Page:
Earlier this summer, a report by Israeli business daily Calcalist indicated that Microsoft was making its largest ever Israeli acquisition, taking over cloud computing security startup Adallom. The report claimed that the tech giant was to pay some $320 million (US) for the three-year-old Adallom, adding that the company would serve as the foundation for Microsoft’s new cyber center in Israel.
Earlier today, Microsoft finally confirmed the acquisition via a blog post. Though it did not disclose how much it paid in full, TechCrunch estimates it was roughly $250 million.
Adallom specializes in providing "proven security" for programs, apps and content that exist in the cloud, a trend that Microsoft, as well as its main competitor, Apple, have been moving toward in recent years.
According to Microsoft vice-president Takeshi Numoto, the acquisition will help Microsoft in protecting “critical assets across cloud applications.”
“With more frequent and advanced cybersecurity attacks continuing to make headlines, customer concerns around security remain top of mind,” Numoto wrote in the blog post. “These concerns pose real challenges for IT, who are charged with protecting company data in this rapidly evolving mobile-first, cloud-first world.”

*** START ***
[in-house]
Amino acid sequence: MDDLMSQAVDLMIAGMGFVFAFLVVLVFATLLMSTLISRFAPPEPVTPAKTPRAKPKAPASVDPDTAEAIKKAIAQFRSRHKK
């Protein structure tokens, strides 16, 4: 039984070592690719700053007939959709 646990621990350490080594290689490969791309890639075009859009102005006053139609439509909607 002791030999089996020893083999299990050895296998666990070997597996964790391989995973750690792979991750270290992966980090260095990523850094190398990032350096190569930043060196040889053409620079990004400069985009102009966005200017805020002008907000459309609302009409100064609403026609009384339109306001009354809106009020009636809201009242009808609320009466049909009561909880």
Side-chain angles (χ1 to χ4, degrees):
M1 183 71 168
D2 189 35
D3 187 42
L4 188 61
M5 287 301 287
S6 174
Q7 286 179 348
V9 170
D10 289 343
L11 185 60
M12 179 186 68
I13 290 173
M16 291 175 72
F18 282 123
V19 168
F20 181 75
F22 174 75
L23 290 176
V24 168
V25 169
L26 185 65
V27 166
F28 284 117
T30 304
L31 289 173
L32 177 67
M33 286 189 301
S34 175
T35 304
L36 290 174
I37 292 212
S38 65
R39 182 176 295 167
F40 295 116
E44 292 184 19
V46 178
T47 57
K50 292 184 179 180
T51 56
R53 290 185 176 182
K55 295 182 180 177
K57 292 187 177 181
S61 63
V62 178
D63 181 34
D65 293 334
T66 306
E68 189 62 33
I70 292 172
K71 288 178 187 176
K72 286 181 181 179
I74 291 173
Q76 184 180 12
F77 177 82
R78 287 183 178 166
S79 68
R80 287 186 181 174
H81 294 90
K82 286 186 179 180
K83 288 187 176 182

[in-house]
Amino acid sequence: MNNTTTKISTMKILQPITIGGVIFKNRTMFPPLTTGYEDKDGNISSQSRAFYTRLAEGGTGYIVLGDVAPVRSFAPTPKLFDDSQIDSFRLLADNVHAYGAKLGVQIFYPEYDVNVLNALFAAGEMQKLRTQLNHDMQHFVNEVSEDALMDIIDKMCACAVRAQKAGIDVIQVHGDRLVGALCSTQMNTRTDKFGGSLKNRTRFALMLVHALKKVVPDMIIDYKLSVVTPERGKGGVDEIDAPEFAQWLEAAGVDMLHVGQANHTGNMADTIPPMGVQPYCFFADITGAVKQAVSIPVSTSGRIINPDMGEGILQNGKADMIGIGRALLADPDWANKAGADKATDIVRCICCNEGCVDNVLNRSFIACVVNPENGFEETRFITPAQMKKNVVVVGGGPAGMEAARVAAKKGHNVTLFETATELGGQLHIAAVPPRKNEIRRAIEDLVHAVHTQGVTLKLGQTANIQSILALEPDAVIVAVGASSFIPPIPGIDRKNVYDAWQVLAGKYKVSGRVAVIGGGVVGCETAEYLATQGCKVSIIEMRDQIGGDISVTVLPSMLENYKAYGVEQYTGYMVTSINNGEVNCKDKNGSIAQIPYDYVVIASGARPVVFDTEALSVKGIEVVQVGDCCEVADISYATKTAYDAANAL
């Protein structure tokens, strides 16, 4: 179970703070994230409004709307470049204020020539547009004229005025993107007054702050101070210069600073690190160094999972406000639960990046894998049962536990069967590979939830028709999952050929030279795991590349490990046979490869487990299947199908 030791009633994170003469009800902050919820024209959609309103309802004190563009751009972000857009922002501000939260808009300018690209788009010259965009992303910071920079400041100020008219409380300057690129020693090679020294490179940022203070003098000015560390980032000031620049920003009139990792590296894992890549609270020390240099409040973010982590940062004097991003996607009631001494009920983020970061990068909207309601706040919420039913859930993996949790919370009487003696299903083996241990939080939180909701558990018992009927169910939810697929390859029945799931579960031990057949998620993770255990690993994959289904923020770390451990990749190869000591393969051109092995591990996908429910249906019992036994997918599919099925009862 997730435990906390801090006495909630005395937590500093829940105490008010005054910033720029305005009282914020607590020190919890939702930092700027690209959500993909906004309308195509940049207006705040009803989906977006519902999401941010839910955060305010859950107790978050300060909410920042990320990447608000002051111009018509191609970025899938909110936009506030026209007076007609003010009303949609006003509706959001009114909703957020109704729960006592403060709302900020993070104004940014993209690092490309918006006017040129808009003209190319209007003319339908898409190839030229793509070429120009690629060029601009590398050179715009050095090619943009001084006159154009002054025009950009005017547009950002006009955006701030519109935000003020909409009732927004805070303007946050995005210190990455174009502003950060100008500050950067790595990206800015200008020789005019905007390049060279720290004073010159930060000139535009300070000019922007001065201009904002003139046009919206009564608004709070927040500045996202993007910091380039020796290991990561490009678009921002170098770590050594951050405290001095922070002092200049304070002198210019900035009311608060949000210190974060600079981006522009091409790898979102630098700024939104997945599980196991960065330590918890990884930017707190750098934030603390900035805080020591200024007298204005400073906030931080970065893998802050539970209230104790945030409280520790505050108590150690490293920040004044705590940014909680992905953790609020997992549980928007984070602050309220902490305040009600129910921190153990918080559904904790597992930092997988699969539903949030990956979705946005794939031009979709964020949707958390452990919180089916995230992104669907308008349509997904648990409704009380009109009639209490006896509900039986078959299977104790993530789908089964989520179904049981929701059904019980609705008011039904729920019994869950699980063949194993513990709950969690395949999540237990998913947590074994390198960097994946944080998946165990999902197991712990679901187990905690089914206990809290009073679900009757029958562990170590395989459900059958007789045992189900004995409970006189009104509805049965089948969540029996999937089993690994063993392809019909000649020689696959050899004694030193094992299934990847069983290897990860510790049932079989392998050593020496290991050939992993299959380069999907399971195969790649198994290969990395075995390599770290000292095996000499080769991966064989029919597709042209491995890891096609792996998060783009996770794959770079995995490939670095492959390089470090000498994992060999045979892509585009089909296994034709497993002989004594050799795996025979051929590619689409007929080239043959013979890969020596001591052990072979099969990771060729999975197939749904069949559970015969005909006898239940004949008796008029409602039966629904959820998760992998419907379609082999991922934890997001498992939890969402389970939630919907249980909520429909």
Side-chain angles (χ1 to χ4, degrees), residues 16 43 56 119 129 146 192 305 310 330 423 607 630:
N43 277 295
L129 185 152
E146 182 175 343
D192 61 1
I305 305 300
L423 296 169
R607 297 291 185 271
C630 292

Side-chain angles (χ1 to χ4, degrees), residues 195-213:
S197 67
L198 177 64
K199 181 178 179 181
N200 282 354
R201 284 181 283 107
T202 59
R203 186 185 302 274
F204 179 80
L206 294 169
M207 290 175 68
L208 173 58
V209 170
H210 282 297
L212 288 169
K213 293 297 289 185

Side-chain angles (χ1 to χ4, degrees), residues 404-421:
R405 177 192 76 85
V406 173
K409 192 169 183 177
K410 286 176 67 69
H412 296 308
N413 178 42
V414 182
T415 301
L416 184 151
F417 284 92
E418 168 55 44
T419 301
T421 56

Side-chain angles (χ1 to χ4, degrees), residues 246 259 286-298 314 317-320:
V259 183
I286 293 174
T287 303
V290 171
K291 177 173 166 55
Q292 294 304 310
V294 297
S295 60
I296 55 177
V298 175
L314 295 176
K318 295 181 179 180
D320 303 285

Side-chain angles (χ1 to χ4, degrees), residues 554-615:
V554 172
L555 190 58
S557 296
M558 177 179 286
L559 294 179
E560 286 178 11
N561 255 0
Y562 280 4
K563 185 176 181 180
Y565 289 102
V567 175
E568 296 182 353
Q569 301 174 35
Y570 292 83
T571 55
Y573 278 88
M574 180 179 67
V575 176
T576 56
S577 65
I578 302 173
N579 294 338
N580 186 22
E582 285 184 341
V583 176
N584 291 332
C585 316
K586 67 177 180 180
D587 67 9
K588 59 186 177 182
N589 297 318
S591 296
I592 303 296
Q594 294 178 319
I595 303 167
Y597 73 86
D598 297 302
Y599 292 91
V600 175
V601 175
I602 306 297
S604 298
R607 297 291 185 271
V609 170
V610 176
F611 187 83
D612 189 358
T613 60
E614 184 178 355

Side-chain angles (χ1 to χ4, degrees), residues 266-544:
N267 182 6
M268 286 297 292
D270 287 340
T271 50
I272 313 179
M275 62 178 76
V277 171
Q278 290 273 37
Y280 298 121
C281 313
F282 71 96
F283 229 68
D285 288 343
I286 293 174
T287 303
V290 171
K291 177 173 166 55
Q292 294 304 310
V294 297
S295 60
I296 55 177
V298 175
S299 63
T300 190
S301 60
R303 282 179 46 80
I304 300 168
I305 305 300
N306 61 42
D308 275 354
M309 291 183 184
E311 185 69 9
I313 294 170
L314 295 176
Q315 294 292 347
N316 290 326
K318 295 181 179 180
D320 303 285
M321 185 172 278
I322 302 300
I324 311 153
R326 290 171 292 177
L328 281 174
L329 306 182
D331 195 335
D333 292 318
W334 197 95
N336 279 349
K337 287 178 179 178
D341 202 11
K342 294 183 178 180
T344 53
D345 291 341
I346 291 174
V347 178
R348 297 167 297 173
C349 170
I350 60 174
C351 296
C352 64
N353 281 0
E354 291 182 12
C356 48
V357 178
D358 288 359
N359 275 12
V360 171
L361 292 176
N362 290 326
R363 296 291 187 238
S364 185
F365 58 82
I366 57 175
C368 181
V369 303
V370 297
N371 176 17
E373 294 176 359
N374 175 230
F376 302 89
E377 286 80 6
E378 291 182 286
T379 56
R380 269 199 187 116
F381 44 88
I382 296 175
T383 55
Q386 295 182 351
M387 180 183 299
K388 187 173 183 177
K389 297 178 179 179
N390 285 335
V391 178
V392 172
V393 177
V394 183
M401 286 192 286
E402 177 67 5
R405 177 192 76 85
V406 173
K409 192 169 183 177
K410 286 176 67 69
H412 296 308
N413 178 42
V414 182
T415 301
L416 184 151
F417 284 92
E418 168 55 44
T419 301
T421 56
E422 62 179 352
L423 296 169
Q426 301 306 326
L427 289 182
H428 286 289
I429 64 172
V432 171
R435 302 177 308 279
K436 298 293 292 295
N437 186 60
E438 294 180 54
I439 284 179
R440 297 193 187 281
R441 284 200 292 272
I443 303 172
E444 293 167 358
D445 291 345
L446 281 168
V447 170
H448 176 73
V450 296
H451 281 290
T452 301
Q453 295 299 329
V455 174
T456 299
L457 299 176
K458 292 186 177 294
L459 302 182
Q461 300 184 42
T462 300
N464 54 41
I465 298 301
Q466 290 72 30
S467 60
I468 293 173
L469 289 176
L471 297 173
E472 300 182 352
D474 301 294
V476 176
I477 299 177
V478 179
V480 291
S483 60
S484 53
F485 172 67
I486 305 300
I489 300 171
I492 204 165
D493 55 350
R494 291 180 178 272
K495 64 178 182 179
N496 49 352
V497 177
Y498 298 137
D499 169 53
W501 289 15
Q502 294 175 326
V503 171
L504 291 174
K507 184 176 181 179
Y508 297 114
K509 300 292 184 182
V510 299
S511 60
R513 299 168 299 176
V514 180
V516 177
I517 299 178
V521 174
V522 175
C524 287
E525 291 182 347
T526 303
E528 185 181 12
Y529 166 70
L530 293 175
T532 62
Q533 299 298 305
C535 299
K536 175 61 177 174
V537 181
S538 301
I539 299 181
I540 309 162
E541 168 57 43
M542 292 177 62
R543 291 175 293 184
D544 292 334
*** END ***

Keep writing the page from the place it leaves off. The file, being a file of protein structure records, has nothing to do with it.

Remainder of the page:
Adallom’s software is currently used to monitor cloud-based services such as Dropbox, Google Apps, Salesforce, and even Microsoft’s own Office 365.
News of Microsoft’s acquisition comes on the same day it announced an expansion with Dell concerning devices and services that use Windows 10.
“Our global enterprise customers have asked us to match the Surface Pro 3 and Windows 10 experience with enterprise-grade support and services, and our partnerships like this one with Dell will do just that,” Microsoft CEO Satya Nadella said in a press release.
Over the past year, Microsoft has acquired a fair bit of Israeli technology. Last October, it purchased text analysis company Equivio for an estimated $200 million; a month later, it bought security startup Aorato for close to $200 million; and earlier this year, it acquired the rights to the pen technology used to develop its own Surface 3 from Israeli tech outfit N-trig. The Verge values that acquisition at roughly $30 million.